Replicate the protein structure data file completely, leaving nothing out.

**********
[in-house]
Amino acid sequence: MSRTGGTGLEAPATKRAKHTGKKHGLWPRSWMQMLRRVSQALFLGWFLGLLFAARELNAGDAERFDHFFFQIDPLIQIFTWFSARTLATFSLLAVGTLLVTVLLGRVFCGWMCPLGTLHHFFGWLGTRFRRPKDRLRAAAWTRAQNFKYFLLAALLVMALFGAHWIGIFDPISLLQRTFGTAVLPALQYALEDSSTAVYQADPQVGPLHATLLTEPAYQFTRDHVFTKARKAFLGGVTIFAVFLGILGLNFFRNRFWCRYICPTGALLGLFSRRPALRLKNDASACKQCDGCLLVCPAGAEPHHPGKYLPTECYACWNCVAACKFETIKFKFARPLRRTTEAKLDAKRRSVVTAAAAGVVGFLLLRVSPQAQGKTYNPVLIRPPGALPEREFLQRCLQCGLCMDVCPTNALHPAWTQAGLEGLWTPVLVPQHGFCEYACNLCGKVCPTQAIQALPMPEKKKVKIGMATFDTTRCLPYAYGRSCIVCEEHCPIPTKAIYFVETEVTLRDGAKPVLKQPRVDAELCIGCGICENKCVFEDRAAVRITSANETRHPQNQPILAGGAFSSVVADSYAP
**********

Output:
[in-house]
Amino acid sequence: MSRTGGTGLEAPATKRAKHTGKKHGLWPRSWMQMLRRVSQALFLGWFLGLLFAARELNAGDAERFDHFFFQIDPLIQIFTWFSARTLATFSLLAVGTLLVTVLLGRVFCGWMCPLGTLHHFFGWLGTRFRRPKDRLRAAAWTRAQNFKYFLLAALLVMALFGAHWIGIFDPISLLQRTFGTAVLPALQYALEDSSTAVYQADPQVGPLHATLLTEPAYQFTRDHVFTKARKAFLGGVTIFAVFLGILGLNFFRNRFWCRYICPTGALLGLFSRRPALRLKNDASACKQCDGCLLVCPAGAEPHHPGKYLPTECYACWNCVAACKFETIKFKFARPLRRTTEAKLDAKRRSVVTAAAAGVVGFLLLRVSPQAQGKTYNPVLIRPPGALPEREFLQRCLQCGLCMDVCPTNALHPAWTQAGLEGLWTPVLVPQHGFCEYACNLCGKVCPTQAIQALPMPEKKKVKIGMATFDTTRCLPYAYGRSCIVCEEHCPIPTKAIYFVETEVTLRDGAKPVLKQPRVDAELCIGCGICENKCVFEDRAAVRITSANETRHPQNQPILAGGAFSSVVADSYAP